Komaki Launches Fireproof EV Batteries For Its Range of Electric Scooters, Here is How They Work

Komaki may have solved a grave issue faced by the Indian EV industry.


Electric two-wheelers have been the talk of the town lately for reasons both good and bad. While the battery-powered vehicles have been at the forefront of the EV revolution, a notable issue has plagued their adoption in the country. This can easily be pinpointed to the recent fire incidents associated with electric scooters of various makes. Komaki, an EV brand operating in India, now seems to have the solution for this serious issue.

The solution comes in the form of new fireproof batteries launched in India by Komaki this week. These will be used in all of the company’s electric vehicles starting next month. For those unaware, Komaki sells a range of electric scooters in India, alongside select electric bikes.

The new batteries by Komaki use the widely acclaimed lithium-ion batteries, but with a twist. In addition, it has even developed an easy-to-use mobile application to monitor battery health. The application will notify both end users and dealers about the health of the battery at any point during use.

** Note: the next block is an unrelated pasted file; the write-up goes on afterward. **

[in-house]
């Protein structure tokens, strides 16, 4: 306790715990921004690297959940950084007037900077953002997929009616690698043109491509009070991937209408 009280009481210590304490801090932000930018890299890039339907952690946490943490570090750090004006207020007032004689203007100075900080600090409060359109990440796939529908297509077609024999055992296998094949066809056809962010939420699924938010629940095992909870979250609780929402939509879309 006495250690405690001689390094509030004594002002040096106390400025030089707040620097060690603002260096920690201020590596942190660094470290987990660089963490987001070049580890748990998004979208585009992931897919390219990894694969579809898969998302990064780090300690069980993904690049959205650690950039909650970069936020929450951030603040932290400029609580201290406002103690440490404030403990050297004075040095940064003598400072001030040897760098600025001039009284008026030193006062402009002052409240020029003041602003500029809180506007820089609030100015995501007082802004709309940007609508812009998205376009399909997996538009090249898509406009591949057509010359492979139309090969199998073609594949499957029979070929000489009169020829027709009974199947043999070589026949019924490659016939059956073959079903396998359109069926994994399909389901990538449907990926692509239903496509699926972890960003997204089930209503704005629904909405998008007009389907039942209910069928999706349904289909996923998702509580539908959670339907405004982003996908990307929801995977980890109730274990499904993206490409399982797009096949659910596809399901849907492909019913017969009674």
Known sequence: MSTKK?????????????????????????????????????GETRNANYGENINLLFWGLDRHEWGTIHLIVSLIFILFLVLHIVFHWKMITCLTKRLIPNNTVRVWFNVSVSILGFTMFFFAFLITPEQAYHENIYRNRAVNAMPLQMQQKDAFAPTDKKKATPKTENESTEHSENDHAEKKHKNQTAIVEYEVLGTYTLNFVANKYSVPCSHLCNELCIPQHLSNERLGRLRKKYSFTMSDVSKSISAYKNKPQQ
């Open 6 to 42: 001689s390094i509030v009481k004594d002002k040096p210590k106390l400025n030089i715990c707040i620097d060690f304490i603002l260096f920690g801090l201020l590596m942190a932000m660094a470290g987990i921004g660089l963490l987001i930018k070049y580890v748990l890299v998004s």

But how does this make the new Komaki batteries safer against fire hazards?

New Komaki Batteries for Electric Scooters

In a statement, Komaki has said that its new EV batteries make use of lithium-ion ferro phosphate (LiFePO4) configuration. These batteries, by nature, are more fire-resistant than the regular electric two-wheeler batteries, as per the company statement. The enhanced safety is thanks to the iron contained inside the cells of the LiFePO4 batteries. The batteries are thus more fire-proof than the competition, even in extreme cases, the company claims.

Another way that Komaki aims to solve the fire problem is by reducing the number of cells in the battery pack by one-third. Fewer cells will thus generate lesser cumulative heat inside the battery pack. As a result, Komaki claims a higher life cycle of 2500-3000 in its LiFePO4, as compared to the 800 life cycle in NMC (nickel, manganese, and cobalt) batteries.

The lesser number of components will also help original equipment manufacturers or OEMs to repair the batteries at a central location. This should reduce the chances of transit damage to the batteries when being transported to and from repair centers. This is coupled with the new active balancing mechanism that also balances the battery cells every few seconds. As per the company executives, the application will be able to analyse 250 batteries in real-time.

For range, the LiFePO4 battery can cover a mileage of over 300 km on a single charge, if the data by the company is to be believed. For Komaki SE and TN95, this is claimed to be 180 km on a charge, which should be sufficient even in real-world performance, considering what the competition offers as of now. The real performance of the new Komaki batteries, however, remains to be seen.